Huge cost of border closure revealed
TOURISM leaders say the Gold Coast economy is bleeding about $310 million every month the NSW border is closed - and the overall financial fallout from the coronavirus will be upwards of $4.3 billion.
The Destination Gold Coast figures paint a stark reality of the city's economic woes and has prompted tourism bosses to heavily target new major events in 2021 and 2022.
However, business experts are deeply concerned that many small firms will not make it that far with recent studies showing as many as 7500 companies could have fallen victim to COVID-19 restraints last month.
Small business operators fearing they will collapse if the border closure lasts until September are planning a protest parade to be held next week simultaneously with Cairns and Sunshine Coast peers.
Major Events Gold Coast boss Jan McCormack said cancelled events would come back "bigger and better than ever".
She said the GC600, Gold Coast Marathon and Blues on Broadbeach were contracted until 2024-25.
"They're staples for the Gold Coast and we'll be making sure they come back bigger and better than ever. But we're also already having serious discussions with five parties in regards to bringing new events to the city next year and 2022.
"Four are sporting events and another is an entertainment one. If they come through it'll be great news for the Gold Coast."
Tourism Minister Kate Jones said she was looking to "poach" events from other states to make up for the cancelled events.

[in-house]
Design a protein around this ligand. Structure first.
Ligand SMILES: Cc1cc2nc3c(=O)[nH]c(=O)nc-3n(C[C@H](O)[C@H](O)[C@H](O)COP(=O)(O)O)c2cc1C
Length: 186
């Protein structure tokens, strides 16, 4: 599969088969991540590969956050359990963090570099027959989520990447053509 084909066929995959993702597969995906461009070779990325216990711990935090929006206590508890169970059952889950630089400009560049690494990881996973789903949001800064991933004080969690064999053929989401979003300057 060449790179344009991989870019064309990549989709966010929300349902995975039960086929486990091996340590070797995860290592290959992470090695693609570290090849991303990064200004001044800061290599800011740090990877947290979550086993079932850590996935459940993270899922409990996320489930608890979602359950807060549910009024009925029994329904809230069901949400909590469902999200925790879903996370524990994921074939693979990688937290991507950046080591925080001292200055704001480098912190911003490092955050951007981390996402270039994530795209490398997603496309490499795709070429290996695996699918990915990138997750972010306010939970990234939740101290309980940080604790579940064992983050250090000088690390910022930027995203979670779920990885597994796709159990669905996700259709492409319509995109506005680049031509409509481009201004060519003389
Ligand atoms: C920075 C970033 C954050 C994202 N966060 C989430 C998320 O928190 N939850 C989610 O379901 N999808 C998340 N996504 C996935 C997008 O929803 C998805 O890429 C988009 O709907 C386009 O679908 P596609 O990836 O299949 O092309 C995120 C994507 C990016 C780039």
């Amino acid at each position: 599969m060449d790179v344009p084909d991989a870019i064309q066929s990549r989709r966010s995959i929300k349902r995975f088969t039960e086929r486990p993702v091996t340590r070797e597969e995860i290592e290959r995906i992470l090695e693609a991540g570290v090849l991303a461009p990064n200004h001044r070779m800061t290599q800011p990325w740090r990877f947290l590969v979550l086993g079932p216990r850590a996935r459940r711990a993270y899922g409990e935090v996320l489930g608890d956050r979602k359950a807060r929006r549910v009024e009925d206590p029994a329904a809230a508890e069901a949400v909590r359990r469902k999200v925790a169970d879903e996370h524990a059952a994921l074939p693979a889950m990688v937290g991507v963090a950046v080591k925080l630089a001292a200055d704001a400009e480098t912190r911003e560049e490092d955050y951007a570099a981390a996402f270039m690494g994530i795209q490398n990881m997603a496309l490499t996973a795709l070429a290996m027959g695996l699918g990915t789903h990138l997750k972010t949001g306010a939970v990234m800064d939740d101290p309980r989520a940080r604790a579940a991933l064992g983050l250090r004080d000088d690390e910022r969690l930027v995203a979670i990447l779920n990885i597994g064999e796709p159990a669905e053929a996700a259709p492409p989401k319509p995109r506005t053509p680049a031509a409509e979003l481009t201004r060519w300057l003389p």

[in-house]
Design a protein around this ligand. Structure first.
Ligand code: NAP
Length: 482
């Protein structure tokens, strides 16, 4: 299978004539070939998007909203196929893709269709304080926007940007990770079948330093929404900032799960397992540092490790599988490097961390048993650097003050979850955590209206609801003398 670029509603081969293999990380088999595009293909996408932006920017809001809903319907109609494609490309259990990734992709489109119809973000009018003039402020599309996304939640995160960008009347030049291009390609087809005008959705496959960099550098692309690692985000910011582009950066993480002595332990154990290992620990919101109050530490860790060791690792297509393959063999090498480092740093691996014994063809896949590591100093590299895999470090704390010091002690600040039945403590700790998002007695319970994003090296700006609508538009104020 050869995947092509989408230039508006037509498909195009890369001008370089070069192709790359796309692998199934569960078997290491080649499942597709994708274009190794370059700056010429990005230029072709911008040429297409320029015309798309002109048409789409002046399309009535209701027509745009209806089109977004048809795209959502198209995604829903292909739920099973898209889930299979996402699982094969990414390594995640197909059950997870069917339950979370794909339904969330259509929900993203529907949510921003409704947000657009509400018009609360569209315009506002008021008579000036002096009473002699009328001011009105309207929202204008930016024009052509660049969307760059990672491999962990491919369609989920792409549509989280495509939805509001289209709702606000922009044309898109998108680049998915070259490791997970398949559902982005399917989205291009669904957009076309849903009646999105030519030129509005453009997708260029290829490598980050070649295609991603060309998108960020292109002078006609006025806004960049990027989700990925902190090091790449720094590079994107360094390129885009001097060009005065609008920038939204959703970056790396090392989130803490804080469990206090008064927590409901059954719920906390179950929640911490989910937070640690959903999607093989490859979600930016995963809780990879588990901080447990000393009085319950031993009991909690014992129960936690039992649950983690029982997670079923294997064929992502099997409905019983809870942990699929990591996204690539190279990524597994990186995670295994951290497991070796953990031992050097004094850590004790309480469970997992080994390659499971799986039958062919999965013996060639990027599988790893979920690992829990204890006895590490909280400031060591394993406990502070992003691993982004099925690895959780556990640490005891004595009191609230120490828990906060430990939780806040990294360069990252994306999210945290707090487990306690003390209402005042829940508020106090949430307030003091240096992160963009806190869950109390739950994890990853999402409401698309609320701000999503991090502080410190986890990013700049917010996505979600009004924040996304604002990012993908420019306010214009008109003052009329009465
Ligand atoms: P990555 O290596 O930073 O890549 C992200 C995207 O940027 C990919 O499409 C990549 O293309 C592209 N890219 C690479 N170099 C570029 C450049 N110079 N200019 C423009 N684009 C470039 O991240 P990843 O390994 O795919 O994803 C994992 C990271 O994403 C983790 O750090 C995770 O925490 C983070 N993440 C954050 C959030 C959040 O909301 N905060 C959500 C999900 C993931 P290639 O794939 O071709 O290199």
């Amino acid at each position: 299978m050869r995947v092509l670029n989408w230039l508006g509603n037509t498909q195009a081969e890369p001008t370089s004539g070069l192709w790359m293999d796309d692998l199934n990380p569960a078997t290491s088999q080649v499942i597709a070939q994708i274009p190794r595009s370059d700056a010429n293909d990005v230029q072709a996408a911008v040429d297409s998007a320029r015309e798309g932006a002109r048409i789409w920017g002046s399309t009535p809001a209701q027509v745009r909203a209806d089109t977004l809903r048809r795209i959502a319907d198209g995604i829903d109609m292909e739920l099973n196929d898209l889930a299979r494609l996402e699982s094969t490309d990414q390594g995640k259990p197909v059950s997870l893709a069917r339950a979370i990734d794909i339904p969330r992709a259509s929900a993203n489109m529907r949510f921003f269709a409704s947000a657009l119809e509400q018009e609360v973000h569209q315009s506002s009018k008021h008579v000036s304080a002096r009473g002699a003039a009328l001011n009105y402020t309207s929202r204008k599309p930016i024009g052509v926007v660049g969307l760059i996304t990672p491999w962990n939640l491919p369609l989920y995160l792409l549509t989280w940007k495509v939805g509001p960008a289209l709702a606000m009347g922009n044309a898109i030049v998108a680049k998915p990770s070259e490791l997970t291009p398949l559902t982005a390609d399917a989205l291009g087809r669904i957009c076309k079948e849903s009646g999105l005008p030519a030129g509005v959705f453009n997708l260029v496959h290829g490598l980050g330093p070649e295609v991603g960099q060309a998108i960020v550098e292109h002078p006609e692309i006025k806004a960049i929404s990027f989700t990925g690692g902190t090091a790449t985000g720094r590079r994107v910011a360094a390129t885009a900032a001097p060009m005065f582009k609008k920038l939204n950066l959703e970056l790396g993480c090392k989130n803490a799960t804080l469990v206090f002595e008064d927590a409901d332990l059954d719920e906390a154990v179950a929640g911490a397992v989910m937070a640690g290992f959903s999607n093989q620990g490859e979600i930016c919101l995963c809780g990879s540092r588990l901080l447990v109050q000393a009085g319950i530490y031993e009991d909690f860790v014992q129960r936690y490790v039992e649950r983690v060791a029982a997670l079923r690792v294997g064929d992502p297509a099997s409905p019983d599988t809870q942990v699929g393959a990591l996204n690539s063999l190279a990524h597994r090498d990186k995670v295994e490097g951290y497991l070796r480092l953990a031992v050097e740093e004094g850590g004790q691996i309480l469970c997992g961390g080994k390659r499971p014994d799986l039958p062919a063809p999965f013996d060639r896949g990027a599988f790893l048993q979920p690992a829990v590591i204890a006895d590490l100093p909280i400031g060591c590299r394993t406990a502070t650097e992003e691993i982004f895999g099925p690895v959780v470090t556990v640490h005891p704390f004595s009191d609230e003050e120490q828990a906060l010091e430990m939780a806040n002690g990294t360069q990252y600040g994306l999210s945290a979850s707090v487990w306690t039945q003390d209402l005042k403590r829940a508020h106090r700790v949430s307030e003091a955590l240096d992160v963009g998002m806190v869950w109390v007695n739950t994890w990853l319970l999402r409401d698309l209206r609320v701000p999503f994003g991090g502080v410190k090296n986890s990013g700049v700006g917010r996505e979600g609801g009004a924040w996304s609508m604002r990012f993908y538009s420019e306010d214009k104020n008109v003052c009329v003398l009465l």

"The Gold Coast's tourism industry has grown by around 15 per cent … because we haven't been afraid to get out the cheque book to secure events for the Coast that we know will support local businesses and grow our economy.
"It's been heartbreaking to see a lot of that hard work fall to the wayside."
No solid data exists on the number of small and medium-sized Gold Coast enterprises that have closed permanently since March 23, which is when the first big wave of businesses were forced to close.
However, it is possible to get an indication from a statewide survey conducted by the Chamber of Commerce and Industry in April with 2400 respondents.
The Suncorp Pulse survey, which included a number of Coast businesses as respondents, found 13 per cent had been forced to close or "mothball" their operations.
The Glitter Strip has 60,000 small businesses meaning if that percentage was replicated across the city, 7800 businesses would have closed in April.
A further 28 per cent of respondents said they were maintaining skeleton staff through the pandemic, which translates to 16,800 on the Gold Coast.
In total, the number of businesses forced to close or scale back, based on the CCIQ survey, would be somewhere in the realm of 24,600 or 41 per cent of the total.
Australian Bureau of Statistics data released on Thursday backs this picture. It found 71 per cent of small businesses (0-19 employees) had reported revenue decline as a result of COVID-19.
Chaz Prezident, founder of equity funding platform crowdfunding.com.au and accounting practice Whitehouse Private Wealth, said the greatest number of closures would come between January and March next year.
He said this was because a number of businesses were being kept afloat by JobKeeper and other stimulus measures.
"I think Australia is looking through rosy-coloured glasses. There is a large amount of government benefits circulating the economy," he said.
"We need to have a strong restart before the end of September or it will be a house of cards crashing down."
Gold Coast Central Chamber of Commerce president Martin Hall said it was likely the CCIQ survey underplayed the devastation wrought on the Coast.
Originally published as Huge cost of border closure revealed